Boosting Tomato Plant Growth with CRISPR Technology

Jim Crocker
3rd April, 2024

Boosting Tomato Plant Growth with CRISPR Technology

Image Source: Natural Science News, 2024

Key Findings

  • Scientists at Cinvestav used CRISPRa to turn on a gene in Micro-Tom tomatoes, enhancing plant traits
  • The technique led to the creation of whole plants from non-reproductive tissues, aiding plant breeding
  • This method could lead to crops that better withstand environmental stresses, securing food sources
In the quest to feed a growing global population, scientists are constantly seeking innovative methods to enhance crop yields and resilience. One such breakthrough involves the use of genome editing technologies to improve plant characteristics. A recent study[1] conducted by researchers at Cinvestav has made significant strides in this field by focusing on the tomato plant, specifically the Micro-Tom cultivar. This research could be a game-changer for agriculture, offering a glimpse into the future of crop improvement through epigenetic modification. Tomatoes are a staple in diets worldwide and serve as a model organism for studying fleshy fruits. The Micro-Tom tomato, in particular, is favored for research due to its rapid growth cycle and diminutive stature, which allows for high-density cultivation. The Cinvestav study leverages these characteristics, employing a novel approach to modify the genetic expression of a gene called SlWRKY29 in the tomato plant. This is achieved through a technique called CRISPR-activation (CRISPRa), which differs from traditional CRISPR-Cas9 genome editing that cuts DNA to create mutations. Instead, CRISPRa turns genes on without altering the DNA sequence itself[2]. To understand the significance of this study, it's essential to grasp the concept of epigenetics. Unlike genetic changes that involve alterations to the DNA sequence, epigenetic changes affect gene activity without changing the underlying DNA[3]. These changes can be passed on as cells divide and can influence plant development and response to environmental stresses. Epigenetic modifications, such as DNA methylation and histone modification, play a crucial role in regulating gene expression[3]. In the Cinvestav study, researchers used CRISPRa to induce an epigenetic change, specifically increasing the H3K4me3 mark—a chemical tag associated with active gene expression—on the SlWRKY29 gene. This modification created a more transcriptionally permissive chromatin state, meaning the gene was more likely to be turned on and actively transcribed into RNA. The researchers developed an indirect somatic embryo protocol from cotyledonary explants, which are essentially small sections of the seed leaf tissue. This protocol is significant because it allows for the generation of whole plants from non-reproductive tissues—a process that could be incredibly beneficial in plant breeding. By applying CRISPRa to these explants, the team was able to drive the induction of somatic embryos, which are embryos formed from somatic or non-sex cells. This is a key step in plant tissue culture and regeneration. The study's findings highlight how the transcriptional effector used in CRISPRa, along with the composition of the growth medium and environmental conditions, can influence the induction and maturation of somatic embryos. These insights are critical for developing more efficient methods for plant transformation and regeneration, which have traditionally been hindered by genotype dependency and low effectiveness in various plant species. This research builds upon earlier discoveries like the identification of CRISPR sequences in bacteria and archaea[4], which laid the foundation for genome editing. The evolution from merely recognizing these sequences to manipulating them for plant improvement underscores the rapid advancement in this field. Furthermore, it aligns with the concept of engineering epigenomes to enhance agronomic traits, as highlighted in previous studies[3]. The ability to epigenetically edit plants like the Micro-Tom tomato opens up new avenues for crop improvement. By fine-tuning gene expression through epigenetic mechanisms, scientists can potentially create plants that are better suited to withstand biotic and abiotic stresses, thereby securing food sources in a changing climate[3]. The study's use of CRISPRa to promote somatic embryogenesis in tomatoes represents a merging of genetic and epigenetic tools to overcome the limitations of traditional plant breeding techniques. This integration of genome editing with epigenetic reprogramming could revolutionize how we approach crop enhancement, offering a more precise and potentially more stable method of altering plant traits without the need for transgenic modifications. In conclusion, the Cinvestav study not only demonstrates the potential of CRISPRa in plant science but also serves as a testament to the power of interdisciplinary research, combining genomics, epigenetics, and advanced biochemistry to push the boundaries of agricultural biotechnology. As we continue to face global food security challenges, such innovative approaches to crop improvement will be vital in ensuring a sustainable future.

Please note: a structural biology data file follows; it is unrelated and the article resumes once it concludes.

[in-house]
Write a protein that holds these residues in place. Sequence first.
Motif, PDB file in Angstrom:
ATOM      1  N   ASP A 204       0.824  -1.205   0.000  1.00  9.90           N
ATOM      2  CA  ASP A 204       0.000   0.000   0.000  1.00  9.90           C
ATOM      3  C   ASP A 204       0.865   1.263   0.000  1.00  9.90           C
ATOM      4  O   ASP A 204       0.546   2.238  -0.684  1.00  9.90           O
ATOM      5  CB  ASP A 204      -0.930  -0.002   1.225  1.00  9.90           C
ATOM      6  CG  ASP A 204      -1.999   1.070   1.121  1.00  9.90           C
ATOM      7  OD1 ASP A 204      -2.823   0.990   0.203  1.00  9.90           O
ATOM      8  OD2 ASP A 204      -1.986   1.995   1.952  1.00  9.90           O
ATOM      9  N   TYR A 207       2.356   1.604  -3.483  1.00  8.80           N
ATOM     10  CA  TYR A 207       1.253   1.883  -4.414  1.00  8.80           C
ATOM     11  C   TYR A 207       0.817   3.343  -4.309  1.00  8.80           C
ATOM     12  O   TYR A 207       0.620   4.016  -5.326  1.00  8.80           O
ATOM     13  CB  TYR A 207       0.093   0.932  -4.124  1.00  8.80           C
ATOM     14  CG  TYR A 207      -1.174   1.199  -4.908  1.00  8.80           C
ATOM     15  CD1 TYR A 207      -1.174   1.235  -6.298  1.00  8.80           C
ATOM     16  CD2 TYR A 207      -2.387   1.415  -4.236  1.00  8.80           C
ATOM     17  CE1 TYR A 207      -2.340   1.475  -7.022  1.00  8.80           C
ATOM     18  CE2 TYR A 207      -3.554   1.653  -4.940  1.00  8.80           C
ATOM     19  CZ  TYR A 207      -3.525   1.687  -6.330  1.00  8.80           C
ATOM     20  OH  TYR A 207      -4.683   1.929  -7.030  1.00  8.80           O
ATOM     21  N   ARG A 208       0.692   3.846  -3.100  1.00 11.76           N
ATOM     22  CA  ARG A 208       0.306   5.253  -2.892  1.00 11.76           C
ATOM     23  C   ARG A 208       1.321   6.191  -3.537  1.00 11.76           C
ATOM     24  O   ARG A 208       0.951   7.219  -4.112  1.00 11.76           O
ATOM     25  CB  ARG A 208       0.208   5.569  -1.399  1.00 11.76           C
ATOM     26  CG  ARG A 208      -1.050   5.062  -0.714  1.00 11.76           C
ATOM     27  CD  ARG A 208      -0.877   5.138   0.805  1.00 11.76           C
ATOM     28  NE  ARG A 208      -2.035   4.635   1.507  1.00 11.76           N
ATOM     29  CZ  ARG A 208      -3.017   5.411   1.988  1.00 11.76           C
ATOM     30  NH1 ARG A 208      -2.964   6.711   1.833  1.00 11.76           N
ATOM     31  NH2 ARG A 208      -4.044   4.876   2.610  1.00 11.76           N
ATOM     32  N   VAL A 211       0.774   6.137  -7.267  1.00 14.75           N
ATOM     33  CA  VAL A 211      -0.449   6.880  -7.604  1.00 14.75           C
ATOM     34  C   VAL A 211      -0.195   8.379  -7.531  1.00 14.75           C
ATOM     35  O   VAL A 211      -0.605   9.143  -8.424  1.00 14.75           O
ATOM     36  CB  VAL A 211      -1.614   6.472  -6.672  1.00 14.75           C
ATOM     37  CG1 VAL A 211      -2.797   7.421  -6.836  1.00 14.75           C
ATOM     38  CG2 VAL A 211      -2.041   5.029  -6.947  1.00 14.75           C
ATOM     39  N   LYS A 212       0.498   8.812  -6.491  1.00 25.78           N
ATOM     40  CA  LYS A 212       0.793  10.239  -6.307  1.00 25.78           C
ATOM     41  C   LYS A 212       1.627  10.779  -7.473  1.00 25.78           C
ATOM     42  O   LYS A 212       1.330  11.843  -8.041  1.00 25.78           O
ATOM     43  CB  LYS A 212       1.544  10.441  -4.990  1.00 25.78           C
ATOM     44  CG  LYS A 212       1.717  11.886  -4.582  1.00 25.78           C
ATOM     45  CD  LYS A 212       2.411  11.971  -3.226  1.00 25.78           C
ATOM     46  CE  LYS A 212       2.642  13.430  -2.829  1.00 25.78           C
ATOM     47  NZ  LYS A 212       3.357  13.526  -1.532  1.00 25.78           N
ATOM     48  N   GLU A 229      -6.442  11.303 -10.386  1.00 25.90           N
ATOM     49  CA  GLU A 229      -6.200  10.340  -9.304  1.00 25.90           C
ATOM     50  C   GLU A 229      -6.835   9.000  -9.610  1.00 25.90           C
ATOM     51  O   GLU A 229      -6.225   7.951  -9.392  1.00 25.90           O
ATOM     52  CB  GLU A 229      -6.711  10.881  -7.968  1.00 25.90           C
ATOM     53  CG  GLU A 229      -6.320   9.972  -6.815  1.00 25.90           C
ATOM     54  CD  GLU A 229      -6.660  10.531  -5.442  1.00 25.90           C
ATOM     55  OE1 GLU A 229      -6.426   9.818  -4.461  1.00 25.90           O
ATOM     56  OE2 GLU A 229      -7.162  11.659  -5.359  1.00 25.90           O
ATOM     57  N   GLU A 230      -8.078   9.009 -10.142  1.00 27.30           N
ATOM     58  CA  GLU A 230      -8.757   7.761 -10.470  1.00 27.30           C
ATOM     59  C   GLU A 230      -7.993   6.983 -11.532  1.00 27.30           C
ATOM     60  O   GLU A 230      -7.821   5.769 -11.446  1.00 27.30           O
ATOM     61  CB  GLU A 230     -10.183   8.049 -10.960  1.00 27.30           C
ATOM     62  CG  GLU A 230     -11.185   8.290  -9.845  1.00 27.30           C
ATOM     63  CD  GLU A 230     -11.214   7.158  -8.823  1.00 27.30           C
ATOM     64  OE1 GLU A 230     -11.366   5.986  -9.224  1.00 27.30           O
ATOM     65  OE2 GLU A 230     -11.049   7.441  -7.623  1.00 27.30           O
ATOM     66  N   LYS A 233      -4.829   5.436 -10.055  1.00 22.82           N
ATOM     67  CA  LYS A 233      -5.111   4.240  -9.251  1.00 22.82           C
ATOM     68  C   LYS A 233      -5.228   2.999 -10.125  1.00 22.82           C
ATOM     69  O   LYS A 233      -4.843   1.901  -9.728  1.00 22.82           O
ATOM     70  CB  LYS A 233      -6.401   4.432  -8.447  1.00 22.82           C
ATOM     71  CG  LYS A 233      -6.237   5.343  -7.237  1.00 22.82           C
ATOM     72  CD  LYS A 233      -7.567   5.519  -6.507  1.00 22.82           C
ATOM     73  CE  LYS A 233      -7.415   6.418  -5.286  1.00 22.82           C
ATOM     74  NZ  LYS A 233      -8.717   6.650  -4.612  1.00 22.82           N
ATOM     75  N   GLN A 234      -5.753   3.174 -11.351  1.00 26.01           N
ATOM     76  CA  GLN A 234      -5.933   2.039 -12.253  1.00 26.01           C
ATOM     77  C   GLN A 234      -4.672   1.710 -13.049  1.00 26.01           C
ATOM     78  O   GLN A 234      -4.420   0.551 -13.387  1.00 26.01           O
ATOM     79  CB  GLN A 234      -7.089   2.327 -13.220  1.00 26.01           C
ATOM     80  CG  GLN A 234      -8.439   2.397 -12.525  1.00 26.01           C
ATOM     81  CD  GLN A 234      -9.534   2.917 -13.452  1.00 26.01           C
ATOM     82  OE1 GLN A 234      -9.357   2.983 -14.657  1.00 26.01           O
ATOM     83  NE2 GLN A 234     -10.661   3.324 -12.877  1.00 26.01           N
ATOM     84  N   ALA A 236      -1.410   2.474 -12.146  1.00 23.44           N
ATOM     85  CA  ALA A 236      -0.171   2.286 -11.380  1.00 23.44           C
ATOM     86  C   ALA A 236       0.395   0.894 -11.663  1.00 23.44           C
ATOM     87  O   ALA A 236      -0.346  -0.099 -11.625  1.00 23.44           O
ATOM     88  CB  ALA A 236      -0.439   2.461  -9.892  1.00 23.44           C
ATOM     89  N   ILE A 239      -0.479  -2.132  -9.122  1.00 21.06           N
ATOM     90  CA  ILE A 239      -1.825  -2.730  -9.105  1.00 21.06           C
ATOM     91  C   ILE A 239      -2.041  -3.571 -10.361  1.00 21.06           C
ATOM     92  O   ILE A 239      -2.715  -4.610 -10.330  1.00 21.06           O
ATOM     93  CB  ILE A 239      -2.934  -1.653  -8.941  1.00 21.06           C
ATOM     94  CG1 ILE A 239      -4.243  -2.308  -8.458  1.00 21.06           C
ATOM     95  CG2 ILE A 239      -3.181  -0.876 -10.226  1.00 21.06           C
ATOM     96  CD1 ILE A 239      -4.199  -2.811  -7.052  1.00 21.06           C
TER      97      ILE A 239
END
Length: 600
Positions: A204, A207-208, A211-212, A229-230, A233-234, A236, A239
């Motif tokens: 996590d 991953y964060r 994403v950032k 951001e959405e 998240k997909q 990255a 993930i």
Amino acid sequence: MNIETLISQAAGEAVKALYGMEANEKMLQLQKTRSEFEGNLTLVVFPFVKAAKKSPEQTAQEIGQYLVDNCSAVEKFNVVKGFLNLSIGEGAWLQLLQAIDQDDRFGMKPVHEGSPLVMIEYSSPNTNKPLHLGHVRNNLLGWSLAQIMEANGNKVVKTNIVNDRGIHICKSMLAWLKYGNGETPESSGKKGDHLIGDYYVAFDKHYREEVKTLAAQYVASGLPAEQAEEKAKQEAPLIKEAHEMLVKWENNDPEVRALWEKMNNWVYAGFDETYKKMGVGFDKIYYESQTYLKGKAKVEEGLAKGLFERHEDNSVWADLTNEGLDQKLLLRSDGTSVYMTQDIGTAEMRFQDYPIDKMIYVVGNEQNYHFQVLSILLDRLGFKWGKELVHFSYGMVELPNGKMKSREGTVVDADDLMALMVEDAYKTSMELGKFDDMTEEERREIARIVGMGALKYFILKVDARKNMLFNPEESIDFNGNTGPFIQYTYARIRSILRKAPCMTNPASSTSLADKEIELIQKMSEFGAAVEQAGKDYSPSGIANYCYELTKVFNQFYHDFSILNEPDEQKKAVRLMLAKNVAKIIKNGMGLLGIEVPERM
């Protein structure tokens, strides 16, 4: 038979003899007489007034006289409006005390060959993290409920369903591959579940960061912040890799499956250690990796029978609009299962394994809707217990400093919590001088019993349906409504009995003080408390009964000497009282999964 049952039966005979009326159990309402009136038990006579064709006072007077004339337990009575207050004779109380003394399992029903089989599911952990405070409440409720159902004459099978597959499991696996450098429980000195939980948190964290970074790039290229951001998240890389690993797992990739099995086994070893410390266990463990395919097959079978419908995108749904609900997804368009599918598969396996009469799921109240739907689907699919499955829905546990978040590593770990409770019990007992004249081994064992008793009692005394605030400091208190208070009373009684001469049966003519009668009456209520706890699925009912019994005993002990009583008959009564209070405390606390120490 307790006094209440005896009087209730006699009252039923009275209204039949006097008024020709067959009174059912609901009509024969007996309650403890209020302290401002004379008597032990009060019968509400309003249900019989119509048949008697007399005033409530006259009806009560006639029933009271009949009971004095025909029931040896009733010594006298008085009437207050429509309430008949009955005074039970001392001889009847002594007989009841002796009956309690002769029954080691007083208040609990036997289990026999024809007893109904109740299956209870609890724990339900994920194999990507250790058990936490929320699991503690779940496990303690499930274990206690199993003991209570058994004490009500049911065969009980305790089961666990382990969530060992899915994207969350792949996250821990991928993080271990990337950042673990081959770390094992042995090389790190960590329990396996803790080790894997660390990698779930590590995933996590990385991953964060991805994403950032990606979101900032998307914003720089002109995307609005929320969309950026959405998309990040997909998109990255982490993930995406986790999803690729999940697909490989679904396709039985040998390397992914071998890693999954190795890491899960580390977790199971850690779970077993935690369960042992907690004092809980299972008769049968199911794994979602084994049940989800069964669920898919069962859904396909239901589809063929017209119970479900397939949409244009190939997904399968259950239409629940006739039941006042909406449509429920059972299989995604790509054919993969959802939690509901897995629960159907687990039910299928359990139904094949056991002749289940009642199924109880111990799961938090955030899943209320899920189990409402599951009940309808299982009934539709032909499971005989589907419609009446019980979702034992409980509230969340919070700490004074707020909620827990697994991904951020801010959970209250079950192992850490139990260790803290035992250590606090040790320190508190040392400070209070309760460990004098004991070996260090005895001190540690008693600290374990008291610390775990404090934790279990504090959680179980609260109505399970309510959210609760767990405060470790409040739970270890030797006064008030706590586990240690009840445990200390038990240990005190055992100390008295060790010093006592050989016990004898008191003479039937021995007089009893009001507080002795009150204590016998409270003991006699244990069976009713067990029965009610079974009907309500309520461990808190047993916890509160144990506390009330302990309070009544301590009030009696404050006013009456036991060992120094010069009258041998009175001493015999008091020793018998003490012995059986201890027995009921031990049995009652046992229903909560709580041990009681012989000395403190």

BiotechGeneticsPlant Science


Main Study

1) Editing of SlWRKY29 by CRISPR-activation promotes somatic embryogenesis in Solanum lycopersicum cv. Micro-Tom.

Published 1st April, 2024

Related Studies

2) Epigenome Editing: State of the Art, Concepts, and Perspectives.

3) Epigenetics and epigenomics: underlying mechanisms, relevance, and implications in crop improvement.

4) History of CRISPR-Cas from Encounter with a Mysterious Repeated Sequence to Genome Editing Technology.

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